Stalking Invasive Species
Latest efforts enlist waterfowl hunters to help stop the spread
TIME TO TAKE ACTION
June is Invasive Species Action Month. Celebrate the people and partnerships taking on these threats to our ecosystems, economy and outdoor fun. Learn about new efforts that are making a difference. Help by looking for and reporting aggressive invasive species not yet detected here or present only in small numbers. For more information on invasive species in Wisconsin, check Invasive species.
Waterfowl hunter Bruce Ross lingers in the cold and dark to drain water from his boat, pull plants and mud off his push poles, decoy anchors and bag, and clean up his dog Tar before leaving a marsh.
Tiny faucet snails hidden in mud or plants can carry intestinal flukes deadly to the scaup, coots and other waterfowl that eat them. Phragmites and non-native cattails can cling to equipment and spread to other sites, crowding out the native plants that waterfowl rely on for nesting, resting and feeding.
“Wisconsin Waterfowl Association is all about habitat restoration and making sure we’re taking care of our marshes,” says Ross, who is executive director of the association. “If we can keep invasive species from requiring a restoration sometime in the future … it’s work well done.”
Ross appeared in prevention videos for waterfowl hunters in 2019. Statewide, WWA members have been installing boot cleaning stations at wildlife areas, cutting buckthorn, phragmites and other invasive species to preserve quality habitat, and using biocontrol beetles to munch on purple loosestrife popping up in state wildlife areas.
Their efforts are an example of the growing outreach and on-the-ground projects, by hunters and for hunters, targeting invasive species as a way to protect quality wildlife habitat and the pastime they love.
“All waterfowlers should be concerned about the impact of invasive species on waterfowl,” Ross says.
Invasive phragmites and purple loosestrife outcompete native plants yet don’t fuel the same production of the aquatic insects that young waterfowl need. The invaders’ stiff stems are poor nesting material and decrease the open water attractive to waterfowl.
Robbed of the native habitat they’ve evolved with over time, waterfowl will not produce as many eggs and hatchlings may not be as robust or find the foods they need.
“If we don’t have the ducklings on the ground in the spring, then we don’t have them in the sky in the fall,” Ross says.
OUTREACH CREATES A CONNECTION
Avid hunter and trapper Chris Hamerla has worked on invasive species outreach for a dozen years, but hunting has been in the crosshairs only more recently as a potential vector.
“We’ve been focusing on boaters and anglers about not spreading aquatic invasive species for years, and now outreach is expanding to target hunters and other recreational users,” he says.
“Fortunately, a good percentage (of waterfowl hunters) are also anglers and boaters so their awareness of invasive species is pretty good, but sometimes there’s a disconnect. They don’t necessarily think of spreading invasive species when they are waterfowl hunting, but they’re doing the same thing boaters and anglers are doing — later in the year.”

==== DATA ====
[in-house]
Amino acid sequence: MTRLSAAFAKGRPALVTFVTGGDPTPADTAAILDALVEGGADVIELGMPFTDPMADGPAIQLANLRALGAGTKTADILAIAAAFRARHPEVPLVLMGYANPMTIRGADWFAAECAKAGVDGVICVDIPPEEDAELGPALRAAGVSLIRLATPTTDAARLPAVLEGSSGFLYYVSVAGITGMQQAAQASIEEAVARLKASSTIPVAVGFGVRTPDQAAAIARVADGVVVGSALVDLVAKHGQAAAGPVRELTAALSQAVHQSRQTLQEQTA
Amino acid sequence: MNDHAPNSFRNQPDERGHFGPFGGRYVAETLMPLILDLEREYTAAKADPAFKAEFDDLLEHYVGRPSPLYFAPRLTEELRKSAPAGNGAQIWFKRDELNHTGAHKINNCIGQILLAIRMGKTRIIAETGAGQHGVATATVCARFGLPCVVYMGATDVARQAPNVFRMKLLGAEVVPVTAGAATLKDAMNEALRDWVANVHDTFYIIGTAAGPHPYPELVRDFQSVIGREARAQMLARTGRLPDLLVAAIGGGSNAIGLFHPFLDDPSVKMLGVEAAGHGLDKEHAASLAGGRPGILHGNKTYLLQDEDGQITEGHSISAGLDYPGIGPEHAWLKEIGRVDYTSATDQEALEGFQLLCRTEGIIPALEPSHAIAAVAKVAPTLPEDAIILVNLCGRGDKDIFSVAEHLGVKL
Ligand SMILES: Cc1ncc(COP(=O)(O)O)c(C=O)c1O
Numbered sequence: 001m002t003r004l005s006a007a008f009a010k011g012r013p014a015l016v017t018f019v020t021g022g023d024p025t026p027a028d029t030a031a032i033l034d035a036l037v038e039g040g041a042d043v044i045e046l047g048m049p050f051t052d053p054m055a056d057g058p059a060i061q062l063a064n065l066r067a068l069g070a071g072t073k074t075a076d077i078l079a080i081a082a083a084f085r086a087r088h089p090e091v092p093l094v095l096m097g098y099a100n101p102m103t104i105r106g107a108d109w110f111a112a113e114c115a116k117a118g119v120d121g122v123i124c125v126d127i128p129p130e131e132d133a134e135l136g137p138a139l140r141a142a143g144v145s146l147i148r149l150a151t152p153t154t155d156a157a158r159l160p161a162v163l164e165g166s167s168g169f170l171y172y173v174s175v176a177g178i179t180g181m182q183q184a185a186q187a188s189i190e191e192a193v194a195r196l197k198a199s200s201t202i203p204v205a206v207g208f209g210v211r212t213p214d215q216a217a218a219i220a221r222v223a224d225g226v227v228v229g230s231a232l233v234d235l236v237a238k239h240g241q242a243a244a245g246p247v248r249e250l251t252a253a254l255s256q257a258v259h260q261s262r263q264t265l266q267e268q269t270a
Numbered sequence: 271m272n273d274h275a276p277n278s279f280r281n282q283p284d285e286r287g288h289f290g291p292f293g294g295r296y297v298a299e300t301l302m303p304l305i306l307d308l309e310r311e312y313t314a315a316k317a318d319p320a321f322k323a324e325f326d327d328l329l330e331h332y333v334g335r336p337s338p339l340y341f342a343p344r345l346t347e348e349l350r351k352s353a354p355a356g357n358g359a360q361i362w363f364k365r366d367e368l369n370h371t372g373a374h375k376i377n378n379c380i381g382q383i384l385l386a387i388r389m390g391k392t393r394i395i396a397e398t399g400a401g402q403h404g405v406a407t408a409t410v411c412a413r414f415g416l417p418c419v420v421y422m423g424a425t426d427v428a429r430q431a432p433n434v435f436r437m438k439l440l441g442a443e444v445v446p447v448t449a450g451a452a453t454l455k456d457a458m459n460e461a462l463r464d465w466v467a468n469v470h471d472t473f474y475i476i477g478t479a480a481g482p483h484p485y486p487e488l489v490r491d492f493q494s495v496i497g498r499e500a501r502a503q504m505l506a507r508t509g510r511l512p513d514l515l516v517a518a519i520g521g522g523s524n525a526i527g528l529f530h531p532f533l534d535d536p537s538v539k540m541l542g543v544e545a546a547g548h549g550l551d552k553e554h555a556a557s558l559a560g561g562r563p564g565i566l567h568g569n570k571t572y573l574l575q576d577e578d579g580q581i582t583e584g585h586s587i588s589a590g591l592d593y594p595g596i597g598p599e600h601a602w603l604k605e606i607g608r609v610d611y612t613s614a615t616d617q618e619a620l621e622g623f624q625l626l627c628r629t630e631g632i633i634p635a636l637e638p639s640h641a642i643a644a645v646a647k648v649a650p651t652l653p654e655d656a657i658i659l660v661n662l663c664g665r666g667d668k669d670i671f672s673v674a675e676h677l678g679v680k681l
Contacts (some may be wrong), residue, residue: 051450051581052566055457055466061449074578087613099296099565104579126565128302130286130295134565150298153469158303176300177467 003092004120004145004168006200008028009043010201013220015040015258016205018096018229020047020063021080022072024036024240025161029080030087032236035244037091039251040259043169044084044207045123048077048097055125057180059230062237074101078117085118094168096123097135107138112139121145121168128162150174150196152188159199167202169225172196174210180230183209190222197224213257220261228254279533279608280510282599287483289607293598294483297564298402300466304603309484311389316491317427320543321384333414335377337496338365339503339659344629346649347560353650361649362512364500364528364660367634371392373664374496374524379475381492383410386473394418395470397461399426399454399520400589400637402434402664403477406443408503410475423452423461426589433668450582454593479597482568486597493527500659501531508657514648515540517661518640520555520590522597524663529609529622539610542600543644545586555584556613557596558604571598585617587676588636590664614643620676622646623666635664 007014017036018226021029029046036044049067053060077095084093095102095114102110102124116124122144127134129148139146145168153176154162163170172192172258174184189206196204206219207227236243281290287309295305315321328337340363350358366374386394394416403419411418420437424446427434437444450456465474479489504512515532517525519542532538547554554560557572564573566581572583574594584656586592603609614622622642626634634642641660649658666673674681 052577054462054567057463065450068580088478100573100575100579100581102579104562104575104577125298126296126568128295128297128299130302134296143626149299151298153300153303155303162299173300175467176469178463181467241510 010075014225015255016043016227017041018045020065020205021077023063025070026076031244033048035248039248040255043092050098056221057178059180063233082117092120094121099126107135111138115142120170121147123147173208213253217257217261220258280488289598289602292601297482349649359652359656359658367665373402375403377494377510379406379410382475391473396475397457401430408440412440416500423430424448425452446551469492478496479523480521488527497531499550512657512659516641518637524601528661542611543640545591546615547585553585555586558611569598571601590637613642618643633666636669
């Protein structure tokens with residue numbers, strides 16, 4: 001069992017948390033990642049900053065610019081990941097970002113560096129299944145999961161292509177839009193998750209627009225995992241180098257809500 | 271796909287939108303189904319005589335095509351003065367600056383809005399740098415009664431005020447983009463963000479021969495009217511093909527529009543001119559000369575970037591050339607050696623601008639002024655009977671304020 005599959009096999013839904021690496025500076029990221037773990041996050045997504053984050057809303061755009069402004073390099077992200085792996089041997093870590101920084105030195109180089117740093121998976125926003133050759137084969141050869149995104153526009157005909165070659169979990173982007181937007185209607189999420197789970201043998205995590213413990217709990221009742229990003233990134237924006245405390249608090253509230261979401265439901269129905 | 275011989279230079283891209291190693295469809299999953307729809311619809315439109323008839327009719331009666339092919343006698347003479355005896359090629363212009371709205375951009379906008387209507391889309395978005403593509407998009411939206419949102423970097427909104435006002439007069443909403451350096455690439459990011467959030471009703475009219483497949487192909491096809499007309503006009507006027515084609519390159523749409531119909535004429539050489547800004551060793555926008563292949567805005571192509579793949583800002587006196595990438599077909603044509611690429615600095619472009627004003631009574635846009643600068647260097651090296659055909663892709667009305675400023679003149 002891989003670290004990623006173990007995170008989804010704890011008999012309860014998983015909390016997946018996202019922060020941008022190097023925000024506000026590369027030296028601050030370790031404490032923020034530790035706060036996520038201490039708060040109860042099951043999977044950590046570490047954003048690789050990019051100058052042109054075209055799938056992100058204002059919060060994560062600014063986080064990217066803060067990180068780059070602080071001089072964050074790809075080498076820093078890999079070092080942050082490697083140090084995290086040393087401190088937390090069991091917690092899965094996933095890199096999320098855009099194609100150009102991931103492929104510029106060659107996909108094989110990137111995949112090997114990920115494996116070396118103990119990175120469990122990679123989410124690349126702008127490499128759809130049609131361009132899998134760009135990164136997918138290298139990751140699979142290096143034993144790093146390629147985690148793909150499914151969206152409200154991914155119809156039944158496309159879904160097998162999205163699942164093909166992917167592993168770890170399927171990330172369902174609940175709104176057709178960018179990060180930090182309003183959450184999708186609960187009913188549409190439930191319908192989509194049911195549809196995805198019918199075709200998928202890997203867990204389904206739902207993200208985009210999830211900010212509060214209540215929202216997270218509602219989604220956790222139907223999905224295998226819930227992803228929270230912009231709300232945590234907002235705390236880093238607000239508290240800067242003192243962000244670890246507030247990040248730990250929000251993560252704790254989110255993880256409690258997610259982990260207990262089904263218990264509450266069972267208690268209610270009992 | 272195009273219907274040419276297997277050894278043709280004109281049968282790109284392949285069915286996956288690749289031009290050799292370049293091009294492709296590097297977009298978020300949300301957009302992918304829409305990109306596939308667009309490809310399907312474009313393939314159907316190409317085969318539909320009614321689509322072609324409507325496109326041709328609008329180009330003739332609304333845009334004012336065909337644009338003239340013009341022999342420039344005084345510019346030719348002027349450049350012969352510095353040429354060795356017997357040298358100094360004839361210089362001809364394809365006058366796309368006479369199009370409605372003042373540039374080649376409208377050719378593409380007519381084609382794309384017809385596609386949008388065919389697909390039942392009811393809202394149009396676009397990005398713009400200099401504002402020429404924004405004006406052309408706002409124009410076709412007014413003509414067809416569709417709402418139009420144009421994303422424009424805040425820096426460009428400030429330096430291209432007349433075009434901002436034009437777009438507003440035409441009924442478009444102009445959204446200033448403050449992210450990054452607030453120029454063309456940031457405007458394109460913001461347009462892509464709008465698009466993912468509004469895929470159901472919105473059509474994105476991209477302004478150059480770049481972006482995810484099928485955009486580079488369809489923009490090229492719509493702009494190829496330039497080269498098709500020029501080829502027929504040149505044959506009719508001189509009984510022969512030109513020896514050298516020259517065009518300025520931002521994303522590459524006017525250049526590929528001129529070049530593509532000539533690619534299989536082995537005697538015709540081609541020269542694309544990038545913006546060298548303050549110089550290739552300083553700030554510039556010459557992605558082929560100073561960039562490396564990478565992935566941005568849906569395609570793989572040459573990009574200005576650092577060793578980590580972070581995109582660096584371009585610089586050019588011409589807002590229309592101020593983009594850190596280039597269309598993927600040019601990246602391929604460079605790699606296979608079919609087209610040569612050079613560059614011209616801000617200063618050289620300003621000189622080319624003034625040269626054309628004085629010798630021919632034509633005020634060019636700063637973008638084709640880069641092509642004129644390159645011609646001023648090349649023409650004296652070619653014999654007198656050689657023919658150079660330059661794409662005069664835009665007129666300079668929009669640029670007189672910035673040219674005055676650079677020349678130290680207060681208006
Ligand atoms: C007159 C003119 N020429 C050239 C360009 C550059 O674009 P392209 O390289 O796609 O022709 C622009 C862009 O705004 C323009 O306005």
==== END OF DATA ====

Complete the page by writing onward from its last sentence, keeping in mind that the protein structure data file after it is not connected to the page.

Hamerla was part of the DNR’s first class of “Water Guards” in 2008, deputy conservation wardens conducting outreach and enforcing invasive species laws. He now is a regional aquatic invasive species coordinator for Golden Sands Resource Conservation and Development Council Inc., which conducts invasive species outreach, education and surveys in nine central Wisconsin counties.
In 2016, Water Guards — assisted by staff and volunteers from the DNR’s Clean Boats, Clean Waters initiative with the UW-Extension Lakes Program — started working opening weekend of the waterfowl hunting season at hunting access points. Hamerla has helped expand and fine-tune this and other outreach to hunters.
“Chris is the go-to person the partners rely on,” says Jeanne Scherer, outreach coordinator for the DNR and UW-Extension. “He and his dog Cisco have done in-person presentations for the partnership, on local news broadcasts and at many hunter events.
“He has also provided photos and video to help the partnership get to know waterfowl hunting in particular.”
PART OF THE SOLUTION
Hamerla focuses on the invasive species specifically impacting waterfowl hunting, like faucet snails and phragmites, a non-native plant hunters sometimes incorporate into their blinds. He stresses the practical prevention steps hunters can take at the end of their hunt when it’s cold and dark.
“We tell them to drain their boat and do the best you can to clean off the mud and the big stuff they can see,” Hamerla says. “When you’re home the next day, you may see some stuff you missed, so clean that off before you go hunting at a different site.”
Last fall, he teamed up with WWA’s Ross and Amy Kowalski of UW-Stevens Point Extension Lakes to videotape a message to hunters and demonstrate prevention steps at the Ne Pee Nauk Duck Club on Lake Puckaway.
Find the video on the association’s website: wisducks.org/habitat/invasives-control.
It’s not a one-way conversation; hunters are also part of the solution, reporting new infestations of invasive species so the DNR and other organizations can tackle the invaders while their populations are still limited.